The Relative Concept of Judicial Independence

By Hurwitz, Mark S. | Texas Law Review, February 1, 2013 | Go to article overview

The Relative Concept of Judicial Independence


Hurwitz, Mark S., Texas Law Review


The Relative Concept of Judicial Independence THE PEOPLE'S COURTS: PURSUING JUDICIAL INDEPENDENCE IN AMERICA. By Jed Handelsman Shugerman. Cambridge, Massachusetts: Harvard University Press, 2012. 400 pages. $35.00.

Introduction

Should judicial offices be subject to electoral processes? That question is endlessly debated, usually from a normative perspective. Groups like the American Judicature Society (AJS) and the American Bar Association (ABA) spend much of their resources vehemently contending that judicial elections are bad for justice and should be replaced.1 Others argue instead that judicial elections satisfy the American tradition of accountability to the public, and thus as important policy makers judges should be held electorally accountable.2

In The People's Courts: Pursuing Judicial Independence in America,3 Jed Handelsman Shugerman takes a more nuanced approach to the topic of judicial elections. In this meticulously researched book, Handelsman discusses the history of judicial elections in the United States, while placing elections squarely within the debate concerning judicial independence and accountability. That is, while he discusses the benefits and burdens of judicial elections and other judicial selection systems, Handelsman counters that the answer is not as simple as claiming the goals of judicial selection are the mutually exclusive concepts of independence or accountability. As he states in his conclusion:

The adoption of partisan judicial elections in the nineteenth century and then their partial rejection/reformation in the twentieth century both were the result of a widespread commitment to the idea of judicial independence. This seeming paradox is possible because judicial independence is often a relative concept, and the understandings of judicial independence have changed over time. Relatedly, the perceptions of "good" and "bad" politics have also changed over time.4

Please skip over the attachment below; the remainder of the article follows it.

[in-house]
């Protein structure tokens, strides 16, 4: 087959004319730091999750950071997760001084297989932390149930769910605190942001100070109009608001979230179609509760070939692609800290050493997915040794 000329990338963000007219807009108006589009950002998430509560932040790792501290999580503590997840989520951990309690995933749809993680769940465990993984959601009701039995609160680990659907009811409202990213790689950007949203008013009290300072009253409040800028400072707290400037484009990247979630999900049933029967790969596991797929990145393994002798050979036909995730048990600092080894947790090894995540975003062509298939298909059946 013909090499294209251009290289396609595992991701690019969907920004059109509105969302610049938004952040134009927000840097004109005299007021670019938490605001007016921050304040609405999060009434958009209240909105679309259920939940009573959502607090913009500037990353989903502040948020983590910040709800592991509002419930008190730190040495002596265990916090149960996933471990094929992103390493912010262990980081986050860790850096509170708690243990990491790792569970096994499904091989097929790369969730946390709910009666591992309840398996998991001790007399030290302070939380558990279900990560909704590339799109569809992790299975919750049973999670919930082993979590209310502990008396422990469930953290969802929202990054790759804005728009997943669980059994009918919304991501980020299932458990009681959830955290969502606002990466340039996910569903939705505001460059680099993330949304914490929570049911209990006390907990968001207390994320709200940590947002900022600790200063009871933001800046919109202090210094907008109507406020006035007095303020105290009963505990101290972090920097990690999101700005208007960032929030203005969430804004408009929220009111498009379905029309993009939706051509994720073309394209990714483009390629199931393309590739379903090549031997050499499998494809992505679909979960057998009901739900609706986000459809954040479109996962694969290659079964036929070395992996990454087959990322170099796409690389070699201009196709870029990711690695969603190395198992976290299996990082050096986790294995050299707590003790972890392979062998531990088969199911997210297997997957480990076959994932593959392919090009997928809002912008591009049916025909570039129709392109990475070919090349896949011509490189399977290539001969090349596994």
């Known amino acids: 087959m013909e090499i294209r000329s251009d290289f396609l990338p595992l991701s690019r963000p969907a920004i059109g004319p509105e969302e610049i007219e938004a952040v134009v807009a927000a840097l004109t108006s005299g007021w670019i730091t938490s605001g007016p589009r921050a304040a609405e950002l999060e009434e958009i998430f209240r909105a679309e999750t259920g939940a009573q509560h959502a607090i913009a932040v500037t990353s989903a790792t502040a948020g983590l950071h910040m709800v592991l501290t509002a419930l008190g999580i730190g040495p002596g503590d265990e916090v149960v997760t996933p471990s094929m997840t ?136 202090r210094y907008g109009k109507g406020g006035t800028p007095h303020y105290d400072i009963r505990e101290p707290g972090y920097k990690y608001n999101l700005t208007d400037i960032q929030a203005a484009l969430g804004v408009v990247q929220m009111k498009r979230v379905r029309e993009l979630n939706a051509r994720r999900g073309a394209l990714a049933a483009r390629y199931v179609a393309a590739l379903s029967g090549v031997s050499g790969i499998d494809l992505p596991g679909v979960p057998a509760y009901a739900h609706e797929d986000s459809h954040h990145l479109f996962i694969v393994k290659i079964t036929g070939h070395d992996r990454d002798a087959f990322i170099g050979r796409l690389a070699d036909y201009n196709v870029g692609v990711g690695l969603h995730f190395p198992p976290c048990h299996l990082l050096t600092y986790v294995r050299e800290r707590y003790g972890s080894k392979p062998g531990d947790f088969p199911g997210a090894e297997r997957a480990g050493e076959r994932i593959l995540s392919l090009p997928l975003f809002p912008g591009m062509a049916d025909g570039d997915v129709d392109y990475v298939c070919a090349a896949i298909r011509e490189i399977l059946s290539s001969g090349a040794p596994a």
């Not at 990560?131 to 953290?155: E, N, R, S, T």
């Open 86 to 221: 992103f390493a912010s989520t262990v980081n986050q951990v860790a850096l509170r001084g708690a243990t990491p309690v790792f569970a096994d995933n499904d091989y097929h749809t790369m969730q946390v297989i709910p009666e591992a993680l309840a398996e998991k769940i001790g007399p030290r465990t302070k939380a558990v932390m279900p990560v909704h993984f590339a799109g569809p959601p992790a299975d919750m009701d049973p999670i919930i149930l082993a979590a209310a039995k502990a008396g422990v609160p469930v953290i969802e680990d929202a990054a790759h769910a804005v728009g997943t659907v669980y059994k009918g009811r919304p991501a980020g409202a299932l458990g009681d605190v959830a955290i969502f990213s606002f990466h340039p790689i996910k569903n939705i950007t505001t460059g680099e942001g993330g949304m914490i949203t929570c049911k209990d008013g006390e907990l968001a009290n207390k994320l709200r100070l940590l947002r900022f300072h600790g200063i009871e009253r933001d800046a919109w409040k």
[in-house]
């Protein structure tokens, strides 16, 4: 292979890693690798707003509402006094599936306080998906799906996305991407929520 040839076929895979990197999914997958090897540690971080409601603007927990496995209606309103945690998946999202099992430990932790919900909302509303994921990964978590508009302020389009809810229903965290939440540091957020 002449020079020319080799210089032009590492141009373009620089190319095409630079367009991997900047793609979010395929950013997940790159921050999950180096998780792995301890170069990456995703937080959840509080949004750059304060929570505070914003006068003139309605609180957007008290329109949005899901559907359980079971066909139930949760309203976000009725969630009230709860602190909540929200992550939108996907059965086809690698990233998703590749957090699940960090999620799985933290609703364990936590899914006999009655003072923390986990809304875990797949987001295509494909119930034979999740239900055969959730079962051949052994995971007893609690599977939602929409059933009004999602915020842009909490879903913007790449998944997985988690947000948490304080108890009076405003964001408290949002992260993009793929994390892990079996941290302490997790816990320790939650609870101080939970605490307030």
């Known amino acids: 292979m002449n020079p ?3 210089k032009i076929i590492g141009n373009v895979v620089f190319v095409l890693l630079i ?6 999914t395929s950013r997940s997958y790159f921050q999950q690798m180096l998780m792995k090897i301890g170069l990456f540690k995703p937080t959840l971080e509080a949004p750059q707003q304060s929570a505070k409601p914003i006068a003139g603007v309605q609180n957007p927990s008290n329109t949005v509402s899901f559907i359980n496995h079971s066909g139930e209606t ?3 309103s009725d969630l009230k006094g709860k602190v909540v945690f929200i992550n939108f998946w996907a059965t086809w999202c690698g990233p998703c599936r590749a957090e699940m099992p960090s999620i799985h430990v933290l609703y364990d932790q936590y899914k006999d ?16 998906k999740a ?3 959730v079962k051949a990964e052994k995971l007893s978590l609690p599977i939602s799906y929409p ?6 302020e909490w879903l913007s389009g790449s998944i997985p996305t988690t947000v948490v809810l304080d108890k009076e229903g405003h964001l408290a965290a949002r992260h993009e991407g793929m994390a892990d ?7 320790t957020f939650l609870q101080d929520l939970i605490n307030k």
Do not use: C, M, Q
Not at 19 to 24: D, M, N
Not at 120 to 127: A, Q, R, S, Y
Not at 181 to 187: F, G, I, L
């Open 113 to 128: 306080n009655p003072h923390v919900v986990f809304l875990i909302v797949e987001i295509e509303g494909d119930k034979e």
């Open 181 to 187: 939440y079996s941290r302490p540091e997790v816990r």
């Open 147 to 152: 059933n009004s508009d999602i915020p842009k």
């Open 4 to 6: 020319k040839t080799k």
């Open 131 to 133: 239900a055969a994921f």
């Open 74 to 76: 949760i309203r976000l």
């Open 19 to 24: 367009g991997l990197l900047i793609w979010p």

With this theme in mind, Shugerman illustrates the events that led to changes (and sometimes stability) in judicial selection over time, with a focus on the history and longevity of elections. As he does so, Shugerman shows the specifics of particular cases while also putting events and transitions in historical context. Indeed, that is how I will proceed in this Review. I first will summarize Shugerman's arguments in historical and chronological order, as he advances in his book. Then, I will address the arguments made by Shugerman.

I. Stages of Judicial Selection and Independence over Time

Shugerman contends that the transformation of judicial selection over time in the United States, particularly with respect to judicial elections, entails the concepts of separation of powers and judicial independence. How do elections relate to judicial independence? Shugerman discusses that in some detail when he demonstrates how elections came about in the United States in the mid-nineteenth century, and how these institutions have reacted to different contextual influences over time. To introduce his thesis, Shugerman states that "this book argues that the story of judicial elections is also the story of the ongoing American pursuit of judicial independence-and the changing understandings of what judicial independence means."5

More particularly, in his view, contextual aspects of political life in America influenced judicial selection. "Each generation feared concrete evils: imperious kings, incompetent legislators, corrupt political parties, corrupting special interests, demagoguery, and the masses."6 Confronting those evils led to attempted changes (some successful, some not) to judicial selection in the states. Those changes in selection systems as they relate to issues of judicial independence extend to Shugerman's five stages of judicial selection over the course of American history: (1) "premodern unseparated judiciary," (2) "judicial aristocracy," (3) "judicial democracy," (4) "judicial meritocracy," and (5) "judicial plutocracy. …

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